Although the car has custom 20in tires, courtesy of either Dunlop or Pirelli, the wheel sizes themselves are the same as those of the optional items on the SV8. But the brakes that nestle behind those 20in wheels are bigger and more powerful, while the traction control system has been rewritten to allow three distinctly different settings: normal, track (which allows a degree of yaw) and fully off.
Given that the new E-diff will allow anything up to 90 percent lock-up, that means that the 150-yard powerslide is now well within the XF’s repertoire. But even Cross admits that not many owners are likely to press and hold the button for the required 10sec to disengage the EDC system and go drifting.
A better example of how much attention to detail has gone into this car when it comes to satisfying the enthusiast is the gearbox. As in the SV8, there are paddle shifters and various different modes to suit the mood, but this time there’s an extra setting. If you simultaneously select manual, dynamic drive and sport, the gearbox will not automatically shift up, even if you run it against the limiter.
“We had quite a debate about this one,” says Cross. “But in the end we went with it because we’re aware that keener drivers don’t want the car to upshift sometimes because you lose engine braking, especially on the way into a corner. And less-committed customers probably won’t use the combination much anyway.”
The more time you spend with the XFR, and its chief creator, the more obvious its dual personality becomes. Normally you’d think that such a philosophy would result in a car that was a jack of all trades and master of none. It’s an approach that plenty of other car manufacturers have tried unsuccessfully in the past; most of the more sporting Volvos have been pretty dreadful devices overall, as have many supposedly “comfortable” Maseratis.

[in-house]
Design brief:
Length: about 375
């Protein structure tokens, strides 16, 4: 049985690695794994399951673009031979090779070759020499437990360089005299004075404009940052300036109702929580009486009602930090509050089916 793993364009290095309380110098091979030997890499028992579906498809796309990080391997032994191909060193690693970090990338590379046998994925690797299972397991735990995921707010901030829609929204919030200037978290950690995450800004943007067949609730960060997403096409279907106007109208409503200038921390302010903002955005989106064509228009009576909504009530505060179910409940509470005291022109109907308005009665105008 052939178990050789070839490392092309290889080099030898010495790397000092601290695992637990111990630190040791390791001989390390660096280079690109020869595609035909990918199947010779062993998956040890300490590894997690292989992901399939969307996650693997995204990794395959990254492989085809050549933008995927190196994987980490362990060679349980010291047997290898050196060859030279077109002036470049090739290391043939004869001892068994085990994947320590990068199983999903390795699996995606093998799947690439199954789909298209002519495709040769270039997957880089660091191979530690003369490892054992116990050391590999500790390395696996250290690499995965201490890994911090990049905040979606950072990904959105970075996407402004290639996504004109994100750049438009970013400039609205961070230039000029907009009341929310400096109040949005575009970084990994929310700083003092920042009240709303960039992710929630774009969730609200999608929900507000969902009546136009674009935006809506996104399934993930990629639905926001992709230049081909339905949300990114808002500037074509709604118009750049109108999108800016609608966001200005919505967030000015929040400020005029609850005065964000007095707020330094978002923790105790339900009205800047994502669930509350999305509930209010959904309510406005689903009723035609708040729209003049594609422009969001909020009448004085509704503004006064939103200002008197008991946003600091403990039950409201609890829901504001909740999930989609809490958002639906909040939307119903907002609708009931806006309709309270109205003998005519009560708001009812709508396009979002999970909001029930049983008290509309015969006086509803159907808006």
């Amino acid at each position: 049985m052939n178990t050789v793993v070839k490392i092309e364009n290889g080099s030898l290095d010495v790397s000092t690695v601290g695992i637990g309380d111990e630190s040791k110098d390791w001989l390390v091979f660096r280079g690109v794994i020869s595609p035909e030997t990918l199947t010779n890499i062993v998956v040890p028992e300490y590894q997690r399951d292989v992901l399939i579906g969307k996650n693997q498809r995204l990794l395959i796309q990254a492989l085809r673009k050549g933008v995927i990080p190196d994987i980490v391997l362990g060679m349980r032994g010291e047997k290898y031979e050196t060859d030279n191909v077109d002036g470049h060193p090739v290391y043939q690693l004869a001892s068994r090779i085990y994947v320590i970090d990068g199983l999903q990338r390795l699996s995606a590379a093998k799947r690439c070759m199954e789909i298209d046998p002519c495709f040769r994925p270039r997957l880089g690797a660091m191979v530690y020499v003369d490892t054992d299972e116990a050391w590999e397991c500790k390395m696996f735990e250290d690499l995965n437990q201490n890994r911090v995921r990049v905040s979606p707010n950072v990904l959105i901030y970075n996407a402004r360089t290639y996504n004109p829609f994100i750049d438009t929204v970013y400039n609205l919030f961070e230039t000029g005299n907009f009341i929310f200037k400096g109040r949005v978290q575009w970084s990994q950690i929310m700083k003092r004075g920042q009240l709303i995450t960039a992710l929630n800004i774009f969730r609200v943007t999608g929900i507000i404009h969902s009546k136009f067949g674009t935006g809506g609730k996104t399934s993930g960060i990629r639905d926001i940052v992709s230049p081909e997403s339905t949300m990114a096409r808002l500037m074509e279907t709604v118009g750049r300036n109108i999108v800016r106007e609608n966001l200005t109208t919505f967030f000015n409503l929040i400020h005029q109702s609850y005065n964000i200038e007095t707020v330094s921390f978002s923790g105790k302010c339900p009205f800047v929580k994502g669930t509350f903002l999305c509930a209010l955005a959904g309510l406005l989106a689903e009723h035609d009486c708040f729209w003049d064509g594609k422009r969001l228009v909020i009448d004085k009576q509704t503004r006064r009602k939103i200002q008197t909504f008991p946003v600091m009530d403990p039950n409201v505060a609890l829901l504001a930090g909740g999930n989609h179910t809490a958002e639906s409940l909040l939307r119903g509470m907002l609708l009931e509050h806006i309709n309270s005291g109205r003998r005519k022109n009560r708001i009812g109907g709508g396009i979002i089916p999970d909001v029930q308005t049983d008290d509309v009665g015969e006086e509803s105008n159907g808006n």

Yet the XFR, from the passenger seat at least, really does appear to have pulled it off. Even its throttle response software has been rewritten to deliver a variety of different reactions depending on how hard and how fast you stand on the pedal.
Just brush the throttle and the XFR will waft forward, delivering the sort of serene acceleration that you’d expect from any luxury sedan. Be a bit more enthusiastic with your input and it’ll summon itself with considerably more verve. Really stand on it and it will pounce at the horizon, sinking its claws deep enough into terra firma to scare any M5 driver rigid.
Even the new, sportier front seats with their electric side bolsters (required by the more variably sized U.S. customers, by all accounts) seem to do a pretty much perfect job. They were comfortable when they needed to be, but also supportive when the going got brisk. And on occasions it got very brisk indeed – so much so that we ended up facing the wrong way at one point, the result of one too many runs through a soaking wet corner to bring you the dramatic-looking shots you see here.
But there was no harm done. Mike Cross and the XFR went home in good health at the end of the day, both reputations firmly intact, along with that of Jaguar itself.
Actually, I’d go further than that. With the XFR, Jaguar appears to have turned a corner and made a car for which excuses are simply no longer required. If and when this wretched recession goes away, Jaguar could be some car company in years to come.Words and photos by Autocar magazine